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Weird writing techniques

Discussion in 'Writing Discussions' started by TJPoldervaart, Dec 8, 2020.

  1. TJPoldervaart

    TJPoldervaart Minstrel

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    When writing, I have a some techniques that the people around me find weird, and I'm guessing that I'm not the only one. So, I'm curious: what weird, strange or funny writing techniques do you use?

    An example from myself: I use a bulletin bord with handwritten notes and pink yarn (the shop didn't have any red) to chaotically work out my worldbuilding and story outline while listening classical music and moving about my room like an obsessed madman.
     
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  2. Ned Marcus

    Ned Marcus Sage

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    Perhaps not weird, but different. I do all my outlining by hand with pen and paper using multiple colours of ink.
     
  3. Demesnedenoir

    Demesnedenoir Istar

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    I type with my nose while listening to Queen’s Bohemian Rhapsody as performed by The Muppets.

    I was shocked when I discovered nobody else did this.
     
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  4. S.T. Ockenner

    S.T. Ockenner Auror

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    Ah, mayhaps I should do that- then I'll have a Wikipedia article about ME too!
     
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  5. S.T. Ockenner

    S.T. Ockenner Auror

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    Does it have to be Muppets? Can it be 'Weird Al'? I find him more calming.
     
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  6. Malik

    Malik Auror

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    I've talked about this on here before, but I do clean drafts. I don't pore over a manuscript tearing my hair out and doing nit-picking little edits. I finish a draft, take a week or so off, then open a fresh document on a second screen and retype it from the words CHAPTER ONE, fixing as I go.

    Shortly after college, I lost a manuscript in a hard drive crash while editing it, and I had to retype it all from a printed hardcopy. (Your hardcopy was your backup, back then.) As I went along, I found things on nearly every page that I could do better, so I fixed them. When I was done, it was much stronger than it had been previously. More than that, the voice was smoother and much more consistent. I'd also found a couple of major plot holes. Rewriting, it turned out, involves merciless rereading.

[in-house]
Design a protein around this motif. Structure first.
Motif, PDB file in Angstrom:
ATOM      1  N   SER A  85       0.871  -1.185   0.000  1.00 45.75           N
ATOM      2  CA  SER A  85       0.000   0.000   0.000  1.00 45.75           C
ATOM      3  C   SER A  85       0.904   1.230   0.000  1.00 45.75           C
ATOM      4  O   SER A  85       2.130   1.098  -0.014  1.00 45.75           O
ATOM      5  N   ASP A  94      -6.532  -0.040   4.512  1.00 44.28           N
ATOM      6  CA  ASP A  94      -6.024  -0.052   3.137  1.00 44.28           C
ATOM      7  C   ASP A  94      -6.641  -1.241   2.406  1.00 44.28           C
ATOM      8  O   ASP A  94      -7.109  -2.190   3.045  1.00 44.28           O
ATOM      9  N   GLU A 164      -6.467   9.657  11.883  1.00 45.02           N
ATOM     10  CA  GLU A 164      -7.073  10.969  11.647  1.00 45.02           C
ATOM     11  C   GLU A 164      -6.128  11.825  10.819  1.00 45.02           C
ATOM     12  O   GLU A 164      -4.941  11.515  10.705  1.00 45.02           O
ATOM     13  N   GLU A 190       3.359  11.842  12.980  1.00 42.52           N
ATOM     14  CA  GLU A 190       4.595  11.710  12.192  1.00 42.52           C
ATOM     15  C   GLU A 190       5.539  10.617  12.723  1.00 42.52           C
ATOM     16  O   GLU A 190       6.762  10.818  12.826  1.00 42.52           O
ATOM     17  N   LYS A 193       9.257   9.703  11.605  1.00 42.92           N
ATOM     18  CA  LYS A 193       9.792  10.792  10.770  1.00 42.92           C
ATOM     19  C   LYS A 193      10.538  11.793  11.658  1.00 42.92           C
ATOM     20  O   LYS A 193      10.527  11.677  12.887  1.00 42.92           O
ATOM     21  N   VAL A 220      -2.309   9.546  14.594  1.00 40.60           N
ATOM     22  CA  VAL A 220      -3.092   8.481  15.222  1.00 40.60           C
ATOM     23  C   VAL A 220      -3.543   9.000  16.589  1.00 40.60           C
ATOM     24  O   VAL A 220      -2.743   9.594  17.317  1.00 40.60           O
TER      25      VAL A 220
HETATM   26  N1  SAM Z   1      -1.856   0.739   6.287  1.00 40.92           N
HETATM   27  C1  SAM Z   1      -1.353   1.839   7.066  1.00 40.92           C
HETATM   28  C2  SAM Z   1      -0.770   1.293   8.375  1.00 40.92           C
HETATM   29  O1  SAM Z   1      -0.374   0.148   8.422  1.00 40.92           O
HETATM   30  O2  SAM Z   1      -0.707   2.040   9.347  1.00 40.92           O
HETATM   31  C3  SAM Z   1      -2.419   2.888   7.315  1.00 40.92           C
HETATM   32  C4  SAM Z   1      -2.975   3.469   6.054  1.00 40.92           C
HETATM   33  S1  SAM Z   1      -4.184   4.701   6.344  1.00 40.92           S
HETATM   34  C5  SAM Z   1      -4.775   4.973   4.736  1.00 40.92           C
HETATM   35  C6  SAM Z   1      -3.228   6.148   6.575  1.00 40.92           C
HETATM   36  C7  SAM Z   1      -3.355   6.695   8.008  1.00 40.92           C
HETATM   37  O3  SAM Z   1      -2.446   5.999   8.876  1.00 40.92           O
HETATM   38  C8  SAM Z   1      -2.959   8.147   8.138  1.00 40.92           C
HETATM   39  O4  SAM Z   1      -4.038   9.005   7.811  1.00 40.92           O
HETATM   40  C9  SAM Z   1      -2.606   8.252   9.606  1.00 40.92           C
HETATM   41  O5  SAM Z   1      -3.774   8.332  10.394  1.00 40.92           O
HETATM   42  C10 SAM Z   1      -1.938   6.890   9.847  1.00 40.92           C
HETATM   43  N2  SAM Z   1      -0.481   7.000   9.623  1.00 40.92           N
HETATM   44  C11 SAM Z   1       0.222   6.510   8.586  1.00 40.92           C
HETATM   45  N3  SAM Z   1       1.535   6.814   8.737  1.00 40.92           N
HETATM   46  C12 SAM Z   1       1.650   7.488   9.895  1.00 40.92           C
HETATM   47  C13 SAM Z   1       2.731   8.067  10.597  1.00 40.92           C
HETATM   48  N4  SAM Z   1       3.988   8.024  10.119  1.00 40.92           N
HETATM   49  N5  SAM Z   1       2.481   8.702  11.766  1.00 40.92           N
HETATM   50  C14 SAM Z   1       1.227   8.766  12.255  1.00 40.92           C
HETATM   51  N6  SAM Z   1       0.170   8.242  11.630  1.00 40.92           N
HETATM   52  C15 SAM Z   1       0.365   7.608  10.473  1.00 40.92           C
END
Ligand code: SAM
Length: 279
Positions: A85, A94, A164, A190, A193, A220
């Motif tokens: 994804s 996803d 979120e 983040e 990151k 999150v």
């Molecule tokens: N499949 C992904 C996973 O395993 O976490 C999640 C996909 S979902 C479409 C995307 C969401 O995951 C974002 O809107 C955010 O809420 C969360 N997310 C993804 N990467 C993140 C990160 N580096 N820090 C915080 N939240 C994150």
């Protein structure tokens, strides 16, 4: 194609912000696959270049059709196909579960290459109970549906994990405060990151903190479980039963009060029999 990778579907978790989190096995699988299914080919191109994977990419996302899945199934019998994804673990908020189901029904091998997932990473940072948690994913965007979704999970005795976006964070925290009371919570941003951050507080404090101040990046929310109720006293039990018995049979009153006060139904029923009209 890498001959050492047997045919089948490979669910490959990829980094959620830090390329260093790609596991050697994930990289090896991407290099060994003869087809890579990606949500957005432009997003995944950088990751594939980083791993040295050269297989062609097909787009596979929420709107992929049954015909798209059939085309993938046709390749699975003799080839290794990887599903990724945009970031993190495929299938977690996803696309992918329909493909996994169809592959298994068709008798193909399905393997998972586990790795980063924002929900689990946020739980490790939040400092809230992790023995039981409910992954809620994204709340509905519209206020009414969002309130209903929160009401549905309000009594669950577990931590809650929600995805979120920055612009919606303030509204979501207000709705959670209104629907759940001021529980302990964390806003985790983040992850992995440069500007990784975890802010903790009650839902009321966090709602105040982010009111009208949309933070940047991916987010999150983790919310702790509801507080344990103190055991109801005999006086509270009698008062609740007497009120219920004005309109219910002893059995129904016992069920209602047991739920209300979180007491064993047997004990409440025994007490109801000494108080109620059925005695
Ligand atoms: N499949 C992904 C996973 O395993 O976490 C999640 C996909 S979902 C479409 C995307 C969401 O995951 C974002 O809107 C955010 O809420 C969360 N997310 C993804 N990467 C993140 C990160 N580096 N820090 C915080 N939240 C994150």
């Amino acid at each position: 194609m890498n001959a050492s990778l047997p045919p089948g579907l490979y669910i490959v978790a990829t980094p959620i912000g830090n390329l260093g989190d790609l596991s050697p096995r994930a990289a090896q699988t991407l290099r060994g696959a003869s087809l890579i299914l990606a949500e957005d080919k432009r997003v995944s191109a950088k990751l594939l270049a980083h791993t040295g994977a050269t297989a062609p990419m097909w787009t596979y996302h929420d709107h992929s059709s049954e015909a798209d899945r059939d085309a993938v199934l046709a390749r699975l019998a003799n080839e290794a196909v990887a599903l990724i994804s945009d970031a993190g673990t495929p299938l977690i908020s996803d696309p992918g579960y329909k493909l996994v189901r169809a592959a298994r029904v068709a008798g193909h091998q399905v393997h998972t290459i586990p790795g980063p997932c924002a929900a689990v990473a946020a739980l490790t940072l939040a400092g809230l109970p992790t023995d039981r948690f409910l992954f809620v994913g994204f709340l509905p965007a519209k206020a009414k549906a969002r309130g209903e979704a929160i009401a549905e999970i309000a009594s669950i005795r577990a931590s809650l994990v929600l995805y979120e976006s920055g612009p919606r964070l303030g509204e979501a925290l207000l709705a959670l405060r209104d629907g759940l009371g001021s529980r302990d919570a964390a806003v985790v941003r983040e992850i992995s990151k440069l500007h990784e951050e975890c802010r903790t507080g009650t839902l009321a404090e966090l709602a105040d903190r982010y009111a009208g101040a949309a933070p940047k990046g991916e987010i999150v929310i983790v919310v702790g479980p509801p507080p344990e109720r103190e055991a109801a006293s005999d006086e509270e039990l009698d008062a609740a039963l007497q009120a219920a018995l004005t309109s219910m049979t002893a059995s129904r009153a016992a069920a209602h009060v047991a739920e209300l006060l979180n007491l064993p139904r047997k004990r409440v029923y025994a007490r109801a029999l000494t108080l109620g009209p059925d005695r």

Just for the hell of it, I did it again--it had only taken a few months, now that I knew what the story was--and it was even stronger after the third full run-through. It became my process. I think of it like a comedian rehearsing a skit in front of the mirror, getting all the timing and voices down. When I can rewrite it almost from memory, getting the dialogue and even some of the comedic punches correct with minimal reference to the prior draft, it's ready.

    My process now is to start with flowcharts, then build an outline and complete synopsis, then write a half-length "Crappy Draft Zero" with some sections that are just pictures I've pasted in, and some scenes that are just a few lines in present tense, to make sure the story works. Once I have that, I write the entire novel several times through before I send anything off for structural edits.

    I also write my ending first, then plot it all backwards.
     
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  7. Demesnedenoir

    Demesnedenoir Istar

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    Weird Al is good in my book, except the song Eat It is just about as annoying as Beat It.

     
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  8. S.T. Ockenner

    S.T. Ockenner Auror

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    I like both of those songs.
     
  9. Demesnedenoir

    Demesnedenoir Istar

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    I never could stand Jackson and, well, most pop of the period. By the 80’s my musical tastes spread from New Wave to Metal
    to Classical to Class Rock to Punk, but never, ever, Michael Jackson or disco. I did watch the Thriller video once because of the FX hype and I was underwhelmed, LOL. Okay, that’s enough off topic here.